The new owners of Kings Creek Shopping Center and nearby residents agree that the neighborhood plaza is long overdue for redevelopment, but they are having trouble coming to terms with how to move forward.
Part of the problem, some residents said, is that they’ve been lied to.
Since purchasing the property in January 2016, Jose Pereira and David Perez of the limited liability company, JDP Equities, have presented to neighbors and the county three different versions of an assisted living facility (ALF) they plan to build on the 4.3-acre parcel on which the mall sits.
The first, filed during a pre-application in June 2016, listed the ALF as a four-story structure of approximately 122,000 square feet. A second and larger version, photographed during a meeting between JPD Equities and Kings Creek homeowners in October 2016, was five stories and 152,000 square feet.
An application submitted to the county on Mar. 31 again presented the building as a four-story structure, but with a reduced square footage of 113,564.
The height and size discrepancies between documents turned into the county and what was shown to residents, according to Alfredo Manrara, operator of KingsCreekNeighbors.com, were a “clear attempt to deceive the neighbors.”
“It is customary for developers to present something bigger than what they really intend to build so they can show to the decision-makers or county people voting on this that they have actually reduced the size to appease the neighbors,”Manrara said. “We are certainly very concerned about that, because the credibility of this developer is seriously in question.”
While a larger ALF would be more financially feasible, Pereira said, what was presented to neighbors was, despite a smaller four-story proposal for the ALF already in county records, an expression of his and Perez’s ideal plan. He claimed the pushback from neighbors convinced them to go with the smaller structure in the official application phase.
“We were very truthful,” he said. “What we presented to [residents] is what we wanted, but [their response] caught us by surprise. We said, ‘Let’s tame this down a bit and bring it to four [stories] and see how that goes.’”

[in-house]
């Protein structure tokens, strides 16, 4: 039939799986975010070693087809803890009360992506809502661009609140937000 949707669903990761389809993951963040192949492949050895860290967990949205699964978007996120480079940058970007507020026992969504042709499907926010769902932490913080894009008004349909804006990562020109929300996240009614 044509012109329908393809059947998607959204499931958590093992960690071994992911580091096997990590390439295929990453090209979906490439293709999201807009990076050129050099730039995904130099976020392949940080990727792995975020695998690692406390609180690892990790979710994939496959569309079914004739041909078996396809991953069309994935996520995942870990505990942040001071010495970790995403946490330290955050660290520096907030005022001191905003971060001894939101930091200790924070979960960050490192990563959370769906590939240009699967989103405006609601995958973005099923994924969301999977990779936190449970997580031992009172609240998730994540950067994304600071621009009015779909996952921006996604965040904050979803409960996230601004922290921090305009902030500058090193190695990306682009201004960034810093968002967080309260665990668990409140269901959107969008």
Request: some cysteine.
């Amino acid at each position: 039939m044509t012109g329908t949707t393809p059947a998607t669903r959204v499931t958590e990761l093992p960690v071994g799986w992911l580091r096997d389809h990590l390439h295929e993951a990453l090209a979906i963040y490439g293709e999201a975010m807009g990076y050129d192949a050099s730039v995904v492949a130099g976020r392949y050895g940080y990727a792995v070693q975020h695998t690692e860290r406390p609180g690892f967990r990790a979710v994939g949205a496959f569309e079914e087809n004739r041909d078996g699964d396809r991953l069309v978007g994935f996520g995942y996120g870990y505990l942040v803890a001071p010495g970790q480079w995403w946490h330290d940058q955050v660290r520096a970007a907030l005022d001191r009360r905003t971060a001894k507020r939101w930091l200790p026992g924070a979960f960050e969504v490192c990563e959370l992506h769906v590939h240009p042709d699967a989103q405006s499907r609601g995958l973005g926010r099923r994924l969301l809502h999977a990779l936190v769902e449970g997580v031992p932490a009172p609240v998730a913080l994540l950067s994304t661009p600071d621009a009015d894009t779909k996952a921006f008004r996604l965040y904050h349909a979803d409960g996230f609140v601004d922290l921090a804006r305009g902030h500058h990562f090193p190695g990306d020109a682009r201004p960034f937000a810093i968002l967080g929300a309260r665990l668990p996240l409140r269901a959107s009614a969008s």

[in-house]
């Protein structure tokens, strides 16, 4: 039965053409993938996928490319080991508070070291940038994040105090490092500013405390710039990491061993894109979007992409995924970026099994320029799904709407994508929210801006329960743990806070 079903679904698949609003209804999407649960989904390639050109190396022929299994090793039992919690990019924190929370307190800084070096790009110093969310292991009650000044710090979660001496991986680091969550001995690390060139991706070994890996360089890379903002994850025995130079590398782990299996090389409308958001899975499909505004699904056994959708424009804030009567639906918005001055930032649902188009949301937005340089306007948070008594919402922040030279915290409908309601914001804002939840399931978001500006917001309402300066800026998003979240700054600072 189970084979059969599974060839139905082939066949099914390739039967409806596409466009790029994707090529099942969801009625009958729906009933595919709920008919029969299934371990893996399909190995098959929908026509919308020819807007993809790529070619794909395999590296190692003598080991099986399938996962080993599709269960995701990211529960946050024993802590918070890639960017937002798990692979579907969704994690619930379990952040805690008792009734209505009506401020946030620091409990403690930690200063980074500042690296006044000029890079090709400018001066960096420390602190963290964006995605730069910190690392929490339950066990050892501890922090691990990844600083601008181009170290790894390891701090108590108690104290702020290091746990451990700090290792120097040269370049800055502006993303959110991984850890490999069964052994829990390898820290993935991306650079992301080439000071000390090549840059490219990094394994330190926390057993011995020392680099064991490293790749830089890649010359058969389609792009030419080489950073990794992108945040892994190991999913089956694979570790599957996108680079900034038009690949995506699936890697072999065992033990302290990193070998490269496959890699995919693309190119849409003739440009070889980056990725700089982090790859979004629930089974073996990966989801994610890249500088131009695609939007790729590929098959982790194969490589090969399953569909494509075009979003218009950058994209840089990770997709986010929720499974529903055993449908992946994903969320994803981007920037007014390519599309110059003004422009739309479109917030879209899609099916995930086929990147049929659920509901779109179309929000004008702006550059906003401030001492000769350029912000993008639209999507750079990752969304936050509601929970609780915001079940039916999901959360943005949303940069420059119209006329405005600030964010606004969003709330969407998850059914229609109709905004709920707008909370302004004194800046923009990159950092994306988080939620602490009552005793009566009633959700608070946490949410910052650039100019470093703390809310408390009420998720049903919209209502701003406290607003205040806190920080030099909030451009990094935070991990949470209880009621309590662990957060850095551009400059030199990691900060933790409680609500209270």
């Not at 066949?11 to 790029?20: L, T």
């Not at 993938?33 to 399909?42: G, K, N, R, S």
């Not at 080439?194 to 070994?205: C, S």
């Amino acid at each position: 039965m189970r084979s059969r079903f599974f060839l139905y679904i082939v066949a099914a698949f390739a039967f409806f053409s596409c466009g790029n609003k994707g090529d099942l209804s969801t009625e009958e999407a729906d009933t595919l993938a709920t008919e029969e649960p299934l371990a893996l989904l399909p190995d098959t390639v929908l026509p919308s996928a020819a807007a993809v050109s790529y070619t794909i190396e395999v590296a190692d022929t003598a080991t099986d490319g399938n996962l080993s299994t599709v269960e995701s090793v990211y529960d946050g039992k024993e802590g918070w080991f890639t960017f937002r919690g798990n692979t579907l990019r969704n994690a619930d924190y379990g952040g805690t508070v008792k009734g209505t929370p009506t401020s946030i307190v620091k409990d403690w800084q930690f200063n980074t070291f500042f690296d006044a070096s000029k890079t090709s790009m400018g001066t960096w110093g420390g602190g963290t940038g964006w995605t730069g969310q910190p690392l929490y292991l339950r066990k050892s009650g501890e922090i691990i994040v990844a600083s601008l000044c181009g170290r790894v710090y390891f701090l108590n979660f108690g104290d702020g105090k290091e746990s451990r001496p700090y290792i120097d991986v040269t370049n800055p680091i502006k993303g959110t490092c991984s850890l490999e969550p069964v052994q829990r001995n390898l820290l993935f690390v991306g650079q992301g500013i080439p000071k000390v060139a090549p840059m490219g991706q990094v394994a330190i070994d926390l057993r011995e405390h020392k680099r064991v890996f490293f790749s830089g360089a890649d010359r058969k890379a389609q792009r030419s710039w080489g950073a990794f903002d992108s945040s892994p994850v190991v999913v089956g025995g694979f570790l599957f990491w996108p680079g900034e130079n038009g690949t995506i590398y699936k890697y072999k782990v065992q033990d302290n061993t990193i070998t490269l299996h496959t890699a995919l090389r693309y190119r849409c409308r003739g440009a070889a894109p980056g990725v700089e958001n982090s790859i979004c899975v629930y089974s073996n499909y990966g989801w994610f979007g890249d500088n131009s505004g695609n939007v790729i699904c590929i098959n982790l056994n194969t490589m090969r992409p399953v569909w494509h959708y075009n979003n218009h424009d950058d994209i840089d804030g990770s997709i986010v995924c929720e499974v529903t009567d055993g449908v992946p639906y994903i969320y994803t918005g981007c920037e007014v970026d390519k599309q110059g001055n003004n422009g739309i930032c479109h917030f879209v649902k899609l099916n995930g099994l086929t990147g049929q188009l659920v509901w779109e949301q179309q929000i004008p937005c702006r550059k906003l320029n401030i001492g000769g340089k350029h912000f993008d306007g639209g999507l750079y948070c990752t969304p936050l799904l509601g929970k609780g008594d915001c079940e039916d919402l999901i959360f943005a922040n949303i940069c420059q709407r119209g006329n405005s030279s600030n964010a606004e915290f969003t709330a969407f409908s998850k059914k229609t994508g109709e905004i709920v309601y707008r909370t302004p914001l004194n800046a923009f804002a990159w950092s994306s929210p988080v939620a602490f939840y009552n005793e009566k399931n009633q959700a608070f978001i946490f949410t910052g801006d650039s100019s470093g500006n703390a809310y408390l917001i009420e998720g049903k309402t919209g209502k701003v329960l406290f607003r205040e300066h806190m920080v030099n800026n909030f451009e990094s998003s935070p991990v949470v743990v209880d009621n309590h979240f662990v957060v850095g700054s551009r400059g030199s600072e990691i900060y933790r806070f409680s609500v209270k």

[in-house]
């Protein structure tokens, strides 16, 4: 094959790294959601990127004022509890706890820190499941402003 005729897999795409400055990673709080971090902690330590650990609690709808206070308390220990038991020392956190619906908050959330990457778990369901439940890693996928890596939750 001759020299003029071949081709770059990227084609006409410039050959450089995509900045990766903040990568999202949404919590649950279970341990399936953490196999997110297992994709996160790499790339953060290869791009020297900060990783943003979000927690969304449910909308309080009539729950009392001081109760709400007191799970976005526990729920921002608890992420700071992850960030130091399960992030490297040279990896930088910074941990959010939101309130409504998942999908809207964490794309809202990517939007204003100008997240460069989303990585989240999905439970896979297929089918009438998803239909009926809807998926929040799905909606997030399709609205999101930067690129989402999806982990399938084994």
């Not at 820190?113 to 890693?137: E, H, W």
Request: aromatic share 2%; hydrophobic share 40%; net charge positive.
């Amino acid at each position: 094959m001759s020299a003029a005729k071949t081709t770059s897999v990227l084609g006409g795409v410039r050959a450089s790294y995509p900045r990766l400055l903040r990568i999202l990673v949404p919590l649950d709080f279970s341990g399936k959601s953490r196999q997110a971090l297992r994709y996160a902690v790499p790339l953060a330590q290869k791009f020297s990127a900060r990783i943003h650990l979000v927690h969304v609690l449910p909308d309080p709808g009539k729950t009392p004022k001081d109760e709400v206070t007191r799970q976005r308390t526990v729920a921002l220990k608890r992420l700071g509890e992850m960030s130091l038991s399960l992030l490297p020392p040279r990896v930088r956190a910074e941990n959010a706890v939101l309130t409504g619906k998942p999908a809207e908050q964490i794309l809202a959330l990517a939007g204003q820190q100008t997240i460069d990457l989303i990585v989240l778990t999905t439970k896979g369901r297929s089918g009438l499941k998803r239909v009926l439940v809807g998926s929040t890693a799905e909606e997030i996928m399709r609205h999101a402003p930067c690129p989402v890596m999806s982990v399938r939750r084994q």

Pereira said when he and Perez bought the 45,092-square-foot mall, their research found that the highest-value option with the lowest traffic impact would be to upgrade and add a third floor to the existing retail mall and office building and erect a four-story ALF and three-level garage.
The project would more than triple the property’s lot coverage and make the total structure size 6.3 times larger, according to plans submitted to the county. However, parking spaces on the property would only increase from 215 to 347 — a number Pereira points to as proof the neighborhood would experience just a minor uptick in daily traffic.
“To build all commercial would require over 600 parking spots, because it’s possible you may have that many people there in one shot,” he said. “Parking requirements being half that would naturally give you less traffic.”
But neighbors have said the construction stands in stark contrast with the character of the area and could unnecessarily congest the roadways in and around Kings Creek. Manrara said a petition opposing the construction has accumulated more than 300 signatures since it began circulating physically and online.
“Kings Creek is a jewel in Miami; not a lot of people know about it,” said resident Karla Muñoz. “Incrementing traffic here would technically destroy the beauty of our neighborhood — our privacy, our safety.”
Since its construction in 1974, the mall has had a zoning designation (BU-1) permitting retail and convenience facilities defined by the county as satisfying the needs of the “adjacent residential neighborhood.”
Pereira confirmed that shortly after his company purchased the property, he and Perez, as part of their pre-application, applied to change the zoning to BU-1A. This new designation would allow for the construction of “specialized commercial facilities” serving neighborhoods outside the immediate area.
Additional height and setback variances also were requested, according to county records.
“We’re going from a single-purpose convenience shopping center for the immediate neighborhood to an ALF and a regional-size shopping-center-slash-retail-complex,” Manrara said. “Adding the ALF changes the character [of the neighborhood] so much that, in order to build it, [the developers] need a special variance.”
To be approved, construction plans submitted must be consistent with the county’s master plan. But they also must be compatible with the surrounding community, said Carl Harrison, principal planner with the Miami-Dade County Regulatory and Economic Resources (RER) Department. Roadway impact, sufficient parking, aesthetic congruity with the neighborhood and many other factors are considered.
“I’ve already sent [JDP Equities] a deficiency on some aspects of the plan based on an initial review I made,” Harrison said. “That pertains to the height of the buildings and the fact that they need to provide me with more information [about] the amount of beds in the proposed [ALF]. These are things we are going to go through for the next couple months before it’s actually scheduled for hearing.”
Other departments reviewing the application include the Division of Environmental Resources Management, Miami-Dade Fire Rescue, Water and Sewer, and Platting and Traffic Review.
Harrison estimated that the soonest public hearing on the construction would likely take place in September, when neighbors can publicly voice their concerns before the Community Zoning Appeals Board.